- Personal Finance»
- Investing in Stocks, Bonds, Real Estate, More
Silver Shortage Logic - Silver Futures
Silver Shortage? The Future of Silver
I have been seeing a lot of articles predicting that silver could become more valuable than gold. I am highly skeptical and I believe there is a flaw in their logic and here is why.
First of all, lets look at the data supporting their arguments. According to the World Gold Council there is 2 billion ounces of gold bullion, or 3 billion ounces if we include coins. On the other hand there is only 0.5 billion ounces of silver bullion, or 1 billion ounces if we include coins. Also we are only mining about 0.67 billion ounces per year of silver, while consuming .89 billion ounces of it. So not only is there less bulk gold than silver, but we are slowly using up whatever remaining bulk silver there is. At the rate we are going, we should have a silver crunch in the coming decade.
Silver Futures - Silver Price Explosion?
Here is my problem with all of these calculations. Of the .89 billion ounces of silver used every year, only 75% of that is actually used by industry. The rest is used in jewelry, silverware, and coinage. This means that only about .67 billion ounces of silver is actual used up by industry. Silver that goes elsewhere can easily be recycled and used again. Basically the .67 billion ounces of silver used by industry is replaced by mining. There is no net loss of silver in the overall market.
The second thing is that there is probably at least 25 billion ounces of silver in jewelry and silverware. That is a lot of silver. At the current price it isn't really worth it for people to melt it down for scrap value. But once prices hit $50-$100 per ounces, a lot of that excess silver will flood the market. Just 5% of that would be over a billion ounces of silver. Remember the Hunt brothers? Most of the blame for their huge losses was blamed on a change in rules on margin positions, but I also suspect a lot of problem was caused by the huge number of people selling all those silver coins they saved from the sixties. It seemed like everyone I knew was selling their silver coins in 1979 just to survive the high unemployment and gas prices. I bet if silver hits a $100 per ounce, we would see the same phenomena. The market would be flooded with recovered silver and then prices would drop back down for a couple of decades till the excess silver got used up.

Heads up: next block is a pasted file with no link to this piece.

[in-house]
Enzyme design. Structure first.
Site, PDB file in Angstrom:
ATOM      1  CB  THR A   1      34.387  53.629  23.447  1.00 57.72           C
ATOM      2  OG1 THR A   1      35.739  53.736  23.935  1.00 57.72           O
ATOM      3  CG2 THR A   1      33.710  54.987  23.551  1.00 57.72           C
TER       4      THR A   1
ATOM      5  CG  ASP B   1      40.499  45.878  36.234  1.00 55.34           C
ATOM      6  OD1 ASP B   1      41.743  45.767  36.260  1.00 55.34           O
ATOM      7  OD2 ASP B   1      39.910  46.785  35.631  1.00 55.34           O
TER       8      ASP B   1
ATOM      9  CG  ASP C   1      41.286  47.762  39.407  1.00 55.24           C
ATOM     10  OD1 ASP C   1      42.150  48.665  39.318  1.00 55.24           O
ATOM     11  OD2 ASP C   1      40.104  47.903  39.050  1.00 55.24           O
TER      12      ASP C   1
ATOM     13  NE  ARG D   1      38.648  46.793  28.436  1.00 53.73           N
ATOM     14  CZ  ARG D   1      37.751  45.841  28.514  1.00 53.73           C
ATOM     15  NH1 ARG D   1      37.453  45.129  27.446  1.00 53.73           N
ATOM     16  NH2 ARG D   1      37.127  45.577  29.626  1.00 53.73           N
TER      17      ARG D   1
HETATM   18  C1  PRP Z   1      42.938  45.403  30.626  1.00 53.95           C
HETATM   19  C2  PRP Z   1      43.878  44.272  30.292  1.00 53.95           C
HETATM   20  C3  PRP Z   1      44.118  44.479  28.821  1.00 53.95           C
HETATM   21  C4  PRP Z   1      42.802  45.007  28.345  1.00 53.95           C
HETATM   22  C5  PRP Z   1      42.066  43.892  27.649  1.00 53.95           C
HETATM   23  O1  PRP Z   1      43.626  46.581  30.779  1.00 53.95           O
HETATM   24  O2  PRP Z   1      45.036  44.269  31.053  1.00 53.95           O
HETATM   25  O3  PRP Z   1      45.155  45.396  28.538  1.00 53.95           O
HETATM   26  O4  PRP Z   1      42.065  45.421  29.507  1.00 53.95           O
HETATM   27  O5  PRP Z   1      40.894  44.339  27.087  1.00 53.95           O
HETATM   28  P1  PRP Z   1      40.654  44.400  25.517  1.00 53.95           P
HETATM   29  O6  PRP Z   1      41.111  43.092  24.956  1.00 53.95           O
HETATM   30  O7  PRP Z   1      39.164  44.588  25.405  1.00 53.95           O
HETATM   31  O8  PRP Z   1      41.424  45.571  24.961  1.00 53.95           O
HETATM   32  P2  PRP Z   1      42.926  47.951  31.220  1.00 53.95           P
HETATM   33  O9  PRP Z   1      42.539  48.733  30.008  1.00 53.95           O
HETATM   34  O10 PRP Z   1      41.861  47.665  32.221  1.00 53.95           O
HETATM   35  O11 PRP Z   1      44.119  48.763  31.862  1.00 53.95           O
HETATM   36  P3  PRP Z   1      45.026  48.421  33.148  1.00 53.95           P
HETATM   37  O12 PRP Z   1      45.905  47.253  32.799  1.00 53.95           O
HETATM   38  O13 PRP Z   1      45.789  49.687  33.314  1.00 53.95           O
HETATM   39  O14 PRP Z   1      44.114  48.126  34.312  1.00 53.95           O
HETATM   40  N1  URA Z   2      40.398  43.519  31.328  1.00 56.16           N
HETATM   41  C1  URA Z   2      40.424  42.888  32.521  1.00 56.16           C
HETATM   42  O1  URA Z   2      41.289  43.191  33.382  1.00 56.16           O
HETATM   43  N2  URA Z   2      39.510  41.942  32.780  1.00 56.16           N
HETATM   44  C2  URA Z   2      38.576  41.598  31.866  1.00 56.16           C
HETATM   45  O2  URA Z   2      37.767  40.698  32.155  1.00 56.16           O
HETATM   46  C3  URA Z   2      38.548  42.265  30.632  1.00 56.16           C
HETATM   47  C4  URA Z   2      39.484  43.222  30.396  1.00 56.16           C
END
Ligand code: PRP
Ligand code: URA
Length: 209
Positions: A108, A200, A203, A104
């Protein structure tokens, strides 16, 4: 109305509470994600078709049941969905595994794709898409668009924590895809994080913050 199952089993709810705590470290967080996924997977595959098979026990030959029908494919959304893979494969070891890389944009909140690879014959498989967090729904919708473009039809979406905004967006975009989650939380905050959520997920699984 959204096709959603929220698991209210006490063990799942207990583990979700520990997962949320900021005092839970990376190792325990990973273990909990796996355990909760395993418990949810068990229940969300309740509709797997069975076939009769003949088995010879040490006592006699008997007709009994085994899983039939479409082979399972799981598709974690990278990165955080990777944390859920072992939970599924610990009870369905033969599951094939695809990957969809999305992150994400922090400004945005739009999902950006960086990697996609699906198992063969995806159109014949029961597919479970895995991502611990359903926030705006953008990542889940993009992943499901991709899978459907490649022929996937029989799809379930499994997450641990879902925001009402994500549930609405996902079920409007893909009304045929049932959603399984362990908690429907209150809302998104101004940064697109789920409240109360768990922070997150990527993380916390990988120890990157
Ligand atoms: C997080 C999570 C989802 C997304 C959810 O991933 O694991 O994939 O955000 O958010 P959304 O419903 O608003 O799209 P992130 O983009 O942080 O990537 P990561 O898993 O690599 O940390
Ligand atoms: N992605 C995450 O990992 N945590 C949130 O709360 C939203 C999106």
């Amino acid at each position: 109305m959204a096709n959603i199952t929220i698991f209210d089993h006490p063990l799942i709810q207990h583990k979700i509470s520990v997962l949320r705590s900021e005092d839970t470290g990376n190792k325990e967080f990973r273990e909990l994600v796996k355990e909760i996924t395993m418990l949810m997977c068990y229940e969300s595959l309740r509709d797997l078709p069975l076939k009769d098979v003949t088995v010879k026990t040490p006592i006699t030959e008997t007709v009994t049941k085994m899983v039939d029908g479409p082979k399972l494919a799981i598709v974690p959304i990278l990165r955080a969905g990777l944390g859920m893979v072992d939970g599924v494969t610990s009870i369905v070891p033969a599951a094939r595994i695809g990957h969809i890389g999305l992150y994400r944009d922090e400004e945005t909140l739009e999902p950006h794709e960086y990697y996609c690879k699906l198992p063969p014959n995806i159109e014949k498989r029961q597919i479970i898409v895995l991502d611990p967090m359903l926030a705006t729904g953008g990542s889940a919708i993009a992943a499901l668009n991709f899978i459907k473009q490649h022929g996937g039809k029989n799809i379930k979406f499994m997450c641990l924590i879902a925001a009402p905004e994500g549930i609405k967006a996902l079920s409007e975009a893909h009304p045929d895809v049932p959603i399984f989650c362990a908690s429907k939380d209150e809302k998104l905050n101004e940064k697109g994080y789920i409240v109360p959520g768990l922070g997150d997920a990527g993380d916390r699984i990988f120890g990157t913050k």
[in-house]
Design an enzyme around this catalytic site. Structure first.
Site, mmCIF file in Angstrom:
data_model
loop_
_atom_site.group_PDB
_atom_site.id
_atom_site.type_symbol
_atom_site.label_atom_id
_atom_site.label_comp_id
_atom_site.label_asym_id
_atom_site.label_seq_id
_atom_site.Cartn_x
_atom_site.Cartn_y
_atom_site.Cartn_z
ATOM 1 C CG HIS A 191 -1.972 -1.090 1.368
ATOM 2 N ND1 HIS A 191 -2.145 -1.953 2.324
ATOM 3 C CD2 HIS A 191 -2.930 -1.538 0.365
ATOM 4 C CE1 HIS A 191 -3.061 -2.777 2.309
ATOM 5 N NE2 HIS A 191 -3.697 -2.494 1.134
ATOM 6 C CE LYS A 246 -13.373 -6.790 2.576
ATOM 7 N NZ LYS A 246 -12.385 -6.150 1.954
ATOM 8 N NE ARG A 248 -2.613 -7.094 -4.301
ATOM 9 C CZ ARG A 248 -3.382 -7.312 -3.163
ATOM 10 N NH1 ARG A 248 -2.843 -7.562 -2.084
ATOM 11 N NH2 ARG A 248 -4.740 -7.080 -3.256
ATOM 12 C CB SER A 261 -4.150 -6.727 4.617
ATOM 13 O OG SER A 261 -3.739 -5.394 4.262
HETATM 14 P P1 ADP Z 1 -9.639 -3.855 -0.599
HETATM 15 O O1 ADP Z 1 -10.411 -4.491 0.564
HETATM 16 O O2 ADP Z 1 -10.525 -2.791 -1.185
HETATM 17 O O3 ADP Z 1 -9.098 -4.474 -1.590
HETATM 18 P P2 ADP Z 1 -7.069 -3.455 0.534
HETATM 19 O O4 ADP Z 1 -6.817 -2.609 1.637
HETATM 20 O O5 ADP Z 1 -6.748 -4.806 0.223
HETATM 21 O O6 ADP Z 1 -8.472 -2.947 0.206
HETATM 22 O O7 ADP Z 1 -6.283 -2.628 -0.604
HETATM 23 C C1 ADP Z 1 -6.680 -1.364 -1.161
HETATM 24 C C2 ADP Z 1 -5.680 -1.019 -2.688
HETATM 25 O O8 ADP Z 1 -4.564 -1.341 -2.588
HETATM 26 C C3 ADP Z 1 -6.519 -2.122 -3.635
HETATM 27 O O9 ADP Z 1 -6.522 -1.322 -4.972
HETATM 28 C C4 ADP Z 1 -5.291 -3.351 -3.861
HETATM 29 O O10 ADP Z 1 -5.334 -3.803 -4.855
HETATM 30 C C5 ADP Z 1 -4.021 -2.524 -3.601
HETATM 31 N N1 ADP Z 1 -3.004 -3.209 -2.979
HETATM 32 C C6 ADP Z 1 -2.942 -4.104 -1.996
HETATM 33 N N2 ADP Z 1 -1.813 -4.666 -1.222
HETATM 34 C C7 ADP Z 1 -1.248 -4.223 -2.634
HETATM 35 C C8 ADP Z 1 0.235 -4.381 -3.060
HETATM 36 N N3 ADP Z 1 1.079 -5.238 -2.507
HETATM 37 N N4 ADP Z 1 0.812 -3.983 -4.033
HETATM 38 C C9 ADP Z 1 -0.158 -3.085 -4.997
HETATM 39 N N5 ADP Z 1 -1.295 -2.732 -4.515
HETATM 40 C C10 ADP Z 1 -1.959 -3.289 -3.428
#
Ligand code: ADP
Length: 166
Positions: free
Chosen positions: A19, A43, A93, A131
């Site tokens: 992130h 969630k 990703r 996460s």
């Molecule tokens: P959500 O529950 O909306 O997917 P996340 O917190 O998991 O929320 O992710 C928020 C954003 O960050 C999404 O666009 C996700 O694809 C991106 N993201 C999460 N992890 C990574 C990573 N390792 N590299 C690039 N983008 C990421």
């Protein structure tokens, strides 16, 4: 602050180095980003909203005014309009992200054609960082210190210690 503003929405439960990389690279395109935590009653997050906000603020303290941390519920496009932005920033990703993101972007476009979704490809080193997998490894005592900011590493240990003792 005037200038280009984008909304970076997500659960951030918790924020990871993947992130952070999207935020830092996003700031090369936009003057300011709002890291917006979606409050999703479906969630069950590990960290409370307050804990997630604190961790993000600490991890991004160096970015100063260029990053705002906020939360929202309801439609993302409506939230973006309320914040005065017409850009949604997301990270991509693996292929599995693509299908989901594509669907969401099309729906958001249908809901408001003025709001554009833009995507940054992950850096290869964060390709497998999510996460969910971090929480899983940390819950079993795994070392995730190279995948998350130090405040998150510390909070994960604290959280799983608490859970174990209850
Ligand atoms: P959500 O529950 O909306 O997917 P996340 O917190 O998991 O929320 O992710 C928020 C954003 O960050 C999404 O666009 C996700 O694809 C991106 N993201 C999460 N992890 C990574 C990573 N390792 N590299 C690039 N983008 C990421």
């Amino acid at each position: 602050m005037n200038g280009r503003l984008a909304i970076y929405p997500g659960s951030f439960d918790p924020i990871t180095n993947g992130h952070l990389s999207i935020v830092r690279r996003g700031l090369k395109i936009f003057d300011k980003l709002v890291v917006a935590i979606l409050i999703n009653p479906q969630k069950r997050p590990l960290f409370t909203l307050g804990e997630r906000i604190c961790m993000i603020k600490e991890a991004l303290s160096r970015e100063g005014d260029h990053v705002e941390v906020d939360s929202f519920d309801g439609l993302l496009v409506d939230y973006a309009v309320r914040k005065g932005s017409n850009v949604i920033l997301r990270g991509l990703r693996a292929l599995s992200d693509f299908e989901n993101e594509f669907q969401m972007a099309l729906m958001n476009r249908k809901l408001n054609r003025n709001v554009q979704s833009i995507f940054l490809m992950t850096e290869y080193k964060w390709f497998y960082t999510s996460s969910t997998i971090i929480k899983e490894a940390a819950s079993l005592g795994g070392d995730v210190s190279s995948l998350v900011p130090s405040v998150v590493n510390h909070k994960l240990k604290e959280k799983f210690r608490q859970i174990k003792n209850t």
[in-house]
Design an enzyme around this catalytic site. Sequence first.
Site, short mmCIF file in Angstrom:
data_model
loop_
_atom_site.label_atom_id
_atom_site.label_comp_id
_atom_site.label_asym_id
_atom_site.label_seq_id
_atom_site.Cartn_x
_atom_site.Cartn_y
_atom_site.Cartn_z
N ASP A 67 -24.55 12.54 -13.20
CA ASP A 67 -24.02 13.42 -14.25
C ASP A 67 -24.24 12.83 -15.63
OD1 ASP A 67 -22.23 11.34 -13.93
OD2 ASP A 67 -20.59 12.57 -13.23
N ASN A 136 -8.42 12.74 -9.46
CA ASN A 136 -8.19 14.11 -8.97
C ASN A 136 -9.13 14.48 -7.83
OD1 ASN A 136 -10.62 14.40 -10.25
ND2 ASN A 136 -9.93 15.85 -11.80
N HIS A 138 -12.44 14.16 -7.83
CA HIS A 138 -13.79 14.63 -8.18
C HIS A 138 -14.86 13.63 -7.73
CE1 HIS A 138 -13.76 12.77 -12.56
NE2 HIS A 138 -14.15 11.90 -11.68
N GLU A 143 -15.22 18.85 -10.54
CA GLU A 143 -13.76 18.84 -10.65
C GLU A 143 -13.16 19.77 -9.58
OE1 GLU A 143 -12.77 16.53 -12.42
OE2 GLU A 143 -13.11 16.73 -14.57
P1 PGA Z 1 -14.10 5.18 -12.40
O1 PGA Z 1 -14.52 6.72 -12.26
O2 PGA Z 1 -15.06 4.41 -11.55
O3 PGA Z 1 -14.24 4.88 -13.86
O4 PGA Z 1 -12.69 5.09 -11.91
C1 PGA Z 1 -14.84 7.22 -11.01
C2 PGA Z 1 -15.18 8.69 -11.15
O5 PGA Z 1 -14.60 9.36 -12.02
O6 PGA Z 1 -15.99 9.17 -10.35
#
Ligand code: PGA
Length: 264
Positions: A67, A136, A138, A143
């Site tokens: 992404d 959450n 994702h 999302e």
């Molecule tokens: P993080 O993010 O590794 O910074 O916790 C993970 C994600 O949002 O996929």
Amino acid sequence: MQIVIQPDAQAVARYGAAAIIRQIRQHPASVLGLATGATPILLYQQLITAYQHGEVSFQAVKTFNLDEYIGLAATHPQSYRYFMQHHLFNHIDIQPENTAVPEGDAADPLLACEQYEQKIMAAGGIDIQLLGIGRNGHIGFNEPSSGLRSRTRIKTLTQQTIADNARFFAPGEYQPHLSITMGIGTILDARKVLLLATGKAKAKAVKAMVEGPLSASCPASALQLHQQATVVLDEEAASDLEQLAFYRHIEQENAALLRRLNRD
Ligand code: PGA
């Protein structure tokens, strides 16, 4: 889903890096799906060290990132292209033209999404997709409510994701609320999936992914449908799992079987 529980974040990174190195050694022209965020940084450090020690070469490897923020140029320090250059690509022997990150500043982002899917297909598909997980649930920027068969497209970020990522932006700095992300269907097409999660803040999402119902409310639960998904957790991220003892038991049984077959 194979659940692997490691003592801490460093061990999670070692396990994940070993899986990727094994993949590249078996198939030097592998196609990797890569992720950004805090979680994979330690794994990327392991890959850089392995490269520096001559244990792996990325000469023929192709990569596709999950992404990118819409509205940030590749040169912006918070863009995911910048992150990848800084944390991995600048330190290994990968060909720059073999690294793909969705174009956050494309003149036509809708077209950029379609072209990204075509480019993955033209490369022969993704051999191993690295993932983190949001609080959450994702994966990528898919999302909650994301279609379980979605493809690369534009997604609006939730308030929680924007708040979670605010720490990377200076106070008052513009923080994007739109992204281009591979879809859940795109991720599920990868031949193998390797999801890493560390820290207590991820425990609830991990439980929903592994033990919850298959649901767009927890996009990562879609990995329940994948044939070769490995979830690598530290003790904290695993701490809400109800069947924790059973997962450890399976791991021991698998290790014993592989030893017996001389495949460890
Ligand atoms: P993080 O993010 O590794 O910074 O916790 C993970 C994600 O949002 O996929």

The third thing has to do with production. We may be mining only 670 million ounces of silver right now, but if prices go up, I bet a lot more silver would be produced. That is one of the basic laws of supply and demand. When prices go up on something, businessmen figure out a way to produce more of it. Old mines re-open, new mines start, and it becomes more profitable to go after silver byproducts when mining other metals.
Now some of the less extreme articles do make one point that I suspect may turn out true. Historically, Gold to silver prices have been around a 15 to 1 ratio. Right now it is in excess of 40 to 1. I wouldn't be at all surprised to see the value of silver rise compared to gold. There is one unlikely possibility that could push up the value of silver to within a 5:1 ratio. If a lot more countries start using silver and gold for basic exchange, then the 25 billion available ounces of silver divided by the 5 billion ounces of would result in a 5 to 1 ratio. I think that scenario would take many decades, and it would only take one or two major countries to start a major gold based money standard to completely undermine that particular future for silver.
Of course, only time will tell if I am right or wrong. Political decisions can change monetary futures for decades or even centuries. I will say one final thing though. Make sure you keep your savings in precious metals. Prices will continue to rise in the long run as governments continue to devalue their fiat currency. I keep all my savings in silver and gold. If you prefer investing in stocks, then I would choose some mining stocks. That is advice you can bank on.
For a contrary viewpoint, see the video below.